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    David's advice is good. I do the same. I was surprised when a machinist said that it was only step one. Step two is to face that piece until the nub in the center is shaved off.

    Why? It was explained that a random cutoff may or may not be turned round. Then you put it in a 3 jaw chuck and the bar may be clamped in place several thousandths of an inch off axis in a random direction. That may result in your centering the tool against a rod that is several thousandths higher or lower than expected. That makes a difference.

    With facing the bar as final step you are sure that the the tool is at the center of the axis of rotation regardless of the centering of the rod in the chuck.

    Of course this does not always work since there are some turning tools that don't lend themselves to facing without changing orientation. That's why it's suggested that you make a height gage that will sit on the bed or on the cross slide.


    Dan
    At the end of the project, there is a profound difference between spare parts and extra parts.

  6. #26
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    Quote Originally Posted by Corbettprime View Post
    I was taught to place a 6" ruler between the tool bit and the item to be machined, run the bit in, and if the ruler was 90 degrees vertical to the bed, the bit was right on the centerline.
    I used to do that too. It's a good way to check things. But to keep from knicking the ruler I tended to use light pressure. And sometimes the darn thing slipped and fell. Or I'd be trying to use two hands to hold the ruler and adjust the cutter and tighten the holder where we really need three hands and the ruler would slip and fall into the chip tray again. And that meant that I had to pass my hand through the "Gates of Hell" AKA the oily operation rods and lower side of the bed to retrieve it. So while it works well I always felt that there had to be a better way.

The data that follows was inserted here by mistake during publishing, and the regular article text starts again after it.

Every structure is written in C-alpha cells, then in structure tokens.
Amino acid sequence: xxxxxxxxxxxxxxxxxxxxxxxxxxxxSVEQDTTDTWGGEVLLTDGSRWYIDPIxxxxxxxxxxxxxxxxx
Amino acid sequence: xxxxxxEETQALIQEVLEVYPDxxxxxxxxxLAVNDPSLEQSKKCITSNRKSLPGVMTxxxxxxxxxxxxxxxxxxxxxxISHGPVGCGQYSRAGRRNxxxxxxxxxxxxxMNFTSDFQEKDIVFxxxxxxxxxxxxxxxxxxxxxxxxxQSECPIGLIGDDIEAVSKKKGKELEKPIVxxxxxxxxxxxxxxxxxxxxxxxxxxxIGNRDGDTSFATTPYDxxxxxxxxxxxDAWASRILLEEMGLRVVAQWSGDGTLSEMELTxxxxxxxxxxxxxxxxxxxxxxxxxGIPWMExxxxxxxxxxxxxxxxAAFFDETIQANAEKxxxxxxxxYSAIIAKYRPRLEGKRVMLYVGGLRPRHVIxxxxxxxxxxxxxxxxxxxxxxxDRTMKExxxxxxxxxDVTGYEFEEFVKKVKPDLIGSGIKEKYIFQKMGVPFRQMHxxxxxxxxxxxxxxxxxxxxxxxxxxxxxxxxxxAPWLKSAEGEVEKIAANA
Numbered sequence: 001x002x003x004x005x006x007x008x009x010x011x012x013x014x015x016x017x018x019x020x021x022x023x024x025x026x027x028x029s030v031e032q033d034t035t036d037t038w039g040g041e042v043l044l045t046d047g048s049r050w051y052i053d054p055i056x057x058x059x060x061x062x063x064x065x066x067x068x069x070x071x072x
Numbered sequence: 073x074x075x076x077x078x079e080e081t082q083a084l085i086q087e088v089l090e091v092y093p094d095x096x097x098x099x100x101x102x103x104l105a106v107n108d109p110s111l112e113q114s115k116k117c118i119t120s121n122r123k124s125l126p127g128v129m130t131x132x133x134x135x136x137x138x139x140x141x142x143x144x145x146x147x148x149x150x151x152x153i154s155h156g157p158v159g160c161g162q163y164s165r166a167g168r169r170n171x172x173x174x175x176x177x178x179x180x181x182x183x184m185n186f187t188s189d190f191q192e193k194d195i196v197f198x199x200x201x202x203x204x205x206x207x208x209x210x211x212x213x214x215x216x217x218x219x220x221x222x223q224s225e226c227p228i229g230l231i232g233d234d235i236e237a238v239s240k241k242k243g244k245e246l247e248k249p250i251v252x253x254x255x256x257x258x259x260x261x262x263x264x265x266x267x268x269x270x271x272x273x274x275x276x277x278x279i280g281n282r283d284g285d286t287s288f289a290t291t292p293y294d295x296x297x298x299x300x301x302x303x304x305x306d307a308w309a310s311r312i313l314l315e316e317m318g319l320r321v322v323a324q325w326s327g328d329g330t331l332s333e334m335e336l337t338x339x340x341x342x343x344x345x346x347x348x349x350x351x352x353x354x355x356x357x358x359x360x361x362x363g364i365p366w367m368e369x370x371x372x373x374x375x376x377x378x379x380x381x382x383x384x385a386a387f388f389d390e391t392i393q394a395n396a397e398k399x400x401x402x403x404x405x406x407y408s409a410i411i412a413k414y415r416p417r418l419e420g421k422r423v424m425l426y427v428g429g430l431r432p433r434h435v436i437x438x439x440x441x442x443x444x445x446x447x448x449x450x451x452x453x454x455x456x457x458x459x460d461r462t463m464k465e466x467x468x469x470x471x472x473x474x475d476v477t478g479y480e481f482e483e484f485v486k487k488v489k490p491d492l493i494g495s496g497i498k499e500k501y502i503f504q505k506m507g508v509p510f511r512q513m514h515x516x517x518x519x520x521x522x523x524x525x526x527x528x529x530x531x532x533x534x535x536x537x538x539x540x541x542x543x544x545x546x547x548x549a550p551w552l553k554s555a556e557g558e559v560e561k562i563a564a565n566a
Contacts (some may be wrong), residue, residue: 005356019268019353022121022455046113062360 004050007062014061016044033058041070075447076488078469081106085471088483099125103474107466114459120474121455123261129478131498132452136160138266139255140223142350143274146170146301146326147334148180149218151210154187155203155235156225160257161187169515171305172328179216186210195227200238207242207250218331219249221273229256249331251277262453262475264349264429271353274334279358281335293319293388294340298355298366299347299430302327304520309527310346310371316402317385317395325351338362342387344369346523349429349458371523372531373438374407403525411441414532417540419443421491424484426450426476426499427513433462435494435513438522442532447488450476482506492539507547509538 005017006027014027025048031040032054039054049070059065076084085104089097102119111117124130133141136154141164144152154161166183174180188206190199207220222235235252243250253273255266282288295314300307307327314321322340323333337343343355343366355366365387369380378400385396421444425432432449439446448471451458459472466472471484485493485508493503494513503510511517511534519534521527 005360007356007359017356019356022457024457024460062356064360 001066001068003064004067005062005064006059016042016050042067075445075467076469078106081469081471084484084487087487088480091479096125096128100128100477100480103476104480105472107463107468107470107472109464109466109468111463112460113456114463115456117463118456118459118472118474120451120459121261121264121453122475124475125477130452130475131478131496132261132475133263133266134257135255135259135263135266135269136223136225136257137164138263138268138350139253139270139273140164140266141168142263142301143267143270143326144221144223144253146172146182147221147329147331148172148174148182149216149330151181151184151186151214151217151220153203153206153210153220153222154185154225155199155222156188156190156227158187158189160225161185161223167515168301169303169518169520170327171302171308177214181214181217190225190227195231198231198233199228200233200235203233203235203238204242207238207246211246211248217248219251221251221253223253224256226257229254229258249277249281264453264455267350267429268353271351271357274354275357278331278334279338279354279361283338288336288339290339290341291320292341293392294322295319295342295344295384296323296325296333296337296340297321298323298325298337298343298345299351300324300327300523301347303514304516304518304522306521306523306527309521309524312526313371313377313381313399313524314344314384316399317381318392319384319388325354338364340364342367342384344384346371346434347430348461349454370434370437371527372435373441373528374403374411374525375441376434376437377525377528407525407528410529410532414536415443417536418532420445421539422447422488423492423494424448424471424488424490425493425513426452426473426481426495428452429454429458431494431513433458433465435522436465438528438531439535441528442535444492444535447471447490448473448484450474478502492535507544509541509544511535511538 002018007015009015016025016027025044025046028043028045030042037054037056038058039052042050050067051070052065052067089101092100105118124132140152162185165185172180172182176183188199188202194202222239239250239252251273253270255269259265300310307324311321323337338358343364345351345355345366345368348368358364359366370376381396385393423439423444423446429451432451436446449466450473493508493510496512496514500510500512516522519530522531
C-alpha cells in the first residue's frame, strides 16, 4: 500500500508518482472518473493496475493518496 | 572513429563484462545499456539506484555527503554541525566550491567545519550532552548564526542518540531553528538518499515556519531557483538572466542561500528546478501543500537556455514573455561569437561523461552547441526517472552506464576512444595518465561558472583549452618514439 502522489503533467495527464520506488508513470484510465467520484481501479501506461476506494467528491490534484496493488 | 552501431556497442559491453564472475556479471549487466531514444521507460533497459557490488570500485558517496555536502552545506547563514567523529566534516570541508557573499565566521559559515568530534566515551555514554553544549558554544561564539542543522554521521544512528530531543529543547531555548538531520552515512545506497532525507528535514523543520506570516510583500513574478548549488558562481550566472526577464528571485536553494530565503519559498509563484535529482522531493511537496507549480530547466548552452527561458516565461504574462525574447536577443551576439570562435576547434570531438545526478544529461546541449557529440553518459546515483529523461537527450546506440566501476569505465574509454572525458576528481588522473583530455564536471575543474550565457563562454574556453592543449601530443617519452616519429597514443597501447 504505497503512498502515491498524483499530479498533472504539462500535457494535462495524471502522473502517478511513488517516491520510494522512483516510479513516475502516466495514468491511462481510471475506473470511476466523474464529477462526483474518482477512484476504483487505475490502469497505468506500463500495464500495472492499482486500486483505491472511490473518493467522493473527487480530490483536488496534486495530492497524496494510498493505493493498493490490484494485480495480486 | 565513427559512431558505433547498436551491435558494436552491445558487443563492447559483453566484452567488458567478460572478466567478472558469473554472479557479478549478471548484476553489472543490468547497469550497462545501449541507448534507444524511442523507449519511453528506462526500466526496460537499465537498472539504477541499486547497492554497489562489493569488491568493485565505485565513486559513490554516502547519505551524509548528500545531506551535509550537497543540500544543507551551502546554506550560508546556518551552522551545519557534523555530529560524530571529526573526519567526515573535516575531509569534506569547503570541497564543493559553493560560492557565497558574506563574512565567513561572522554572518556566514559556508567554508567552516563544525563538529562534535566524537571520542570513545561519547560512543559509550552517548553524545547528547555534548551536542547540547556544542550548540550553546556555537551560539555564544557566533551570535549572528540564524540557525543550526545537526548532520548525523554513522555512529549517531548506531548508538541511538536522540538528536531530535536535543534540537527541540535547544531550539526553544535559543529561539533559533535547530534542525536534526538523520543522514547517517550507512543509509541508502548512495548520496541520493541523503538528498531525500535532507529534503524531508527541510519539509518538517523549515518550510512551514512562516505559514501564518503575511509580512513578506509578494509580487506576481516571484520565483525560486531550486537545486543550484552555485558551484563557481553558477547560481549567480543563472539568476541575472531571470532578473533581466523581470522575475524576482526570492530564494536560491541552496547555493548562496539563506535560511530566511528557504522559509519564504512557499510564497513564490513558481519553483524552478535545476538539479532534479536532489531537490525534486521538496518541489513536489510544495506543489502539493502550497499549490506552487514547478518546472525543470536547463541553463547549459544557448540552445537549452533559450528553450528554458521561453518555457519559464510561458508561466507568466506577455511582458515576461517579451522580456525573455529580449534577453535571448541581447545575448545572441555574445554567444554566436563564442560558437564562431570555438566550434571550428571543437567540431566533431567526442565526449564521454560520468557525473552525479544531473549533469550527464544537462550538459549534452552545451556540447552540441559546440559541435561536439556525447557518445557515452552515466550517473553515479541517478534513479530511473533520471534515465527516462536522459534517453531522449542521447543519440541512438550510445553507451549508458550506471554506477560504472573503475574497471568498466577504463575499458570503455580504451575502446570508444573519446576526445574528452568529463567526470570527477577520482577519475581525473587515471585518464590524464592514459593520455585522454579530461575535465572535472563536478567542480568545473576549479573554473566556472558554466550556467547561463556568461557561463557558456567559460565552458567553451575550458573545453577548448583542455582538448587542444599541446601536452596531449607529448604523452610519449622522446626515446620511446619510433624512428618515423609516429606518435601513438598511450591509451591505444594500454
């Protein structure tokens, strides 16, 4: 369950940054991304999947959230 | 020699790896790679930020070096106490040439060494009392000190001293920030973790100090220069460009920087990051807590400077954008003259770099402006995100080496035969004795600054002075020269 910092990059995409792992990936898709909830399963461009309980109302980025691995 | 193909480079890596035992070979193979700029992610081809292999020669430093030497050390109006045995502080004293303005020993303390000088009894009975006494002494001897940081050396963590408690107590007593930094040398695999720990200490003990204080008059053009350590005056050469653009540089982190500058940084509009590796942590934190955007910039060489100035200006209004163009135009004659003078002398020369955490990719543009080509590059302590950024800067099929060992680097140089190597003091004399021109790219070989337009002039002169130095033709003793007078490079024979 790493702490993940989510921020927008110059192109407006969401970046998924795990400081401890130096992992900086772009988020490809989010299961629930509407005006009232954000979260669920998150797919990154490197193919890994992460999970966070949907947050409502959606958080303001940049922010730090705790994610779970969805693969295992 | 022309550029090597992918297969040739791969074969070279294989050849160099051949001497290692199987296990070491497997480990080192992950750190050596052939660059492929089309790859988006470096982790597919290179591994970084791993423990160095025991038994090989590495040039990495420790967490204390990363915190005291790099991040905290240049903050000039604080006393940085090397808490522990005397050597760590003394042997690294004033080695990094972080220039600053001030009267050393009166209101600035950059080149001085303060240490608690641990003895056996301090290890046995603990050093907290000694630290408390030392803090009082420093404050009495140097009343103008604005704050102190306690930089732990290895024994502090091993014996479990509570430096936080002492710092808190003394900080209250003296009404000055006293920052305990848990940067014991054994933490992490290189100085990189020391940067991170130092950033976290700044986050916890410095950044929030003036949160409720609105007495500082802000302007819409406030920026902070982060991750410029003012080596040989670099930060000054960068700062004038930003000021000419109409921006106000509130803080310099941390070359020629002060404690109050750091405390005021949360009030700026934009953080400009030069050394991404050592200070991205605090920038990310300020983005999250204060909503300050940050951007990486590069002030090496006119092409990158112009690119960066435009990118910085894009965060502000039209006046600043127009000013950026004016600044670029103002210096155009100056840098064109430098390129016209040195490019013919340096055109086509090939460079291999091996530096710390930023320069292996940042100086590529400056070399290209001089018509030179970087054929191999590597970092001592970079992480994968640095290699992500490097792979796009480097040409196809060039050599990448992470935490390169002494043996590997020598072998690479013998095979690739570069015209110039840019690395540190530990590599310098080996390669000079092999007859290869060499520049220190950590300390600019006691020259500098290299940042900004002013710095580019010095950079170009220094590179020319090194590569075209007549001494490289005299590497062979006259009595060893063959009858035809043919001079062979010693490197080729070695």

Plus don't a lot of carbide insert cutters tend to chip the tips if pressed up against something like a ruler and not under the directed load of cutting? Again, with good care there should not be a problem. But one little misfeed and "tick".....
    Last edited by BCRider; 02-04-2019 at 04:40 PM. Reason: spelling

  7. #27
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    Quote Originally Posted by danlb View Post
    David's advice is good. I do the same. I was surprised when a machinist said that it was only step one. Step two is to face that piece until the nub in the center is shaved off.

    Why? It was explained that a random cutoff may or may not be turned round. Then you put it in a 3 jaw chuck and the bar may be clamped in place several thousandths of an inch off axis in a random direction. That may result in your centering the tool against a rod that is several thousandths higher or lower than expected. That makes a difference. ...
    But not if you use David's FIRST step of taking a skim cut. Doing that ensures that the short ruler width length of the cut is actually on axis. Then you don't need to confirm it with the facing cut.